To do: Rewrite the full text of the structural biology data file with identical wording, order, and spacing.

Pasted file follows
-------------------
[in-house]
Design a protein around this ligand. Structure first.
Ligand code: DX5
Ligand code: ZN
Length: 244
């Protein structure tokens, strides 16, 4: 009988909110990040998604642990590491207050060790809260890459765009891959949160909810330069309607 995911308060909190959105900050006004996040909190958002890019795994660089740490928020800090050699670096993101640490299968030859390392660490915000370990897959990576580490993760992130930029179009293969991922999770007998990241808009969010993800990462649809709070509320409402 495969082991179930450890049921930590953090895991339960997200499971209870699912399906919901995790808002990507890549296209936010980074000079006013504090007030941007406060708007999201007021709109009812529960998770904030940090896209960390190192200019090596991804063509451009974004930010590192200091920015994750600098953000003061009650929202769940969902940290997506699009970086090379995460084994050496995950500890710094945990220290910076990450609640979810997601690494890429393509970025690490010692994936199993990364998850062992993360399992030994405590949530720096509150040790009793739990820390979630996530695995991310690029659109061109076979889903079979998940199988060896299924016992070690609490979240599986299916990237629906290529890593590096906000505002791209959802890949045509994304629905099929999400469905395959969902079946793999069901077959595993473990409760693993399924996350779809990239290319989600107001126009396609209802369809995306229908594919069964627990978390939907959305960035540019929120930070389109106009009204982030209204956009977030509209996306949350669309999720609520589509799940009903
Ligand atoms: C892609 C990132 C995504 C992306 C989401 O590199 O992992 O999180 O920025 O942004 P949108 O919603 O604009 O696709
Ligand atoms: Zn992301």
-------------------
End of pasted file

[in-house]
Design a protein around this ligand. Structure first.
Ligand code: DX5
Ligand code: ZN
Length: 244
């Protein structure tokens, strides 16, 4: 009988909110990040998604642990590491207050060790809260890459765009891959949160909810330069309607 995911308060909190959105900050006004996040909190958002890019795994660089740490928020800090050699670096993101640490299968030859390392660490915000370990897959990576580490993760992130930029179009293969991922999770007998990241808009969010993800990462649809709070509320409402 495969082991179930450890049921930590953090895991339960997200499971209870699912399906919901995790808002990507890549296209936010980074000079006013504090007030941007406060708007999201007021709109009812529960998770904030940090896209960390190192200019090596991804063509451009974004930010590192200091920015994750600098953000003061009650929202769940969902940290997506699009970086090379995460084994050496995950500890710094945990220290910076990450609640979810997601690494890429393509970025690490010692994936199993990364998850062992993360399992030994405590949530720096509150040790009793739990820390979630996530695995991310690029659109061109076979889903079979998940199988060896299924016992070690609490979240599986299916990237629906290529890593590096906000505002791209959802890949045509994304629905099929999400469905395959969902079946793999069901077959595993473990409760693993399924996350779809990239290319989600107001126009396609209802369809995306229908594919069964627990978390939907959305960035540019929120930070389109106009009204982030209204956009977030509209996306949350669309999720609520589509799940009903
Ligand atoms: C892609 C990132 C995504 C992306 C989401 O590199 O992992 O999180 O920025 O942004 P949108 O919603 O604009 O696709
Ligand atoms: Zn992301």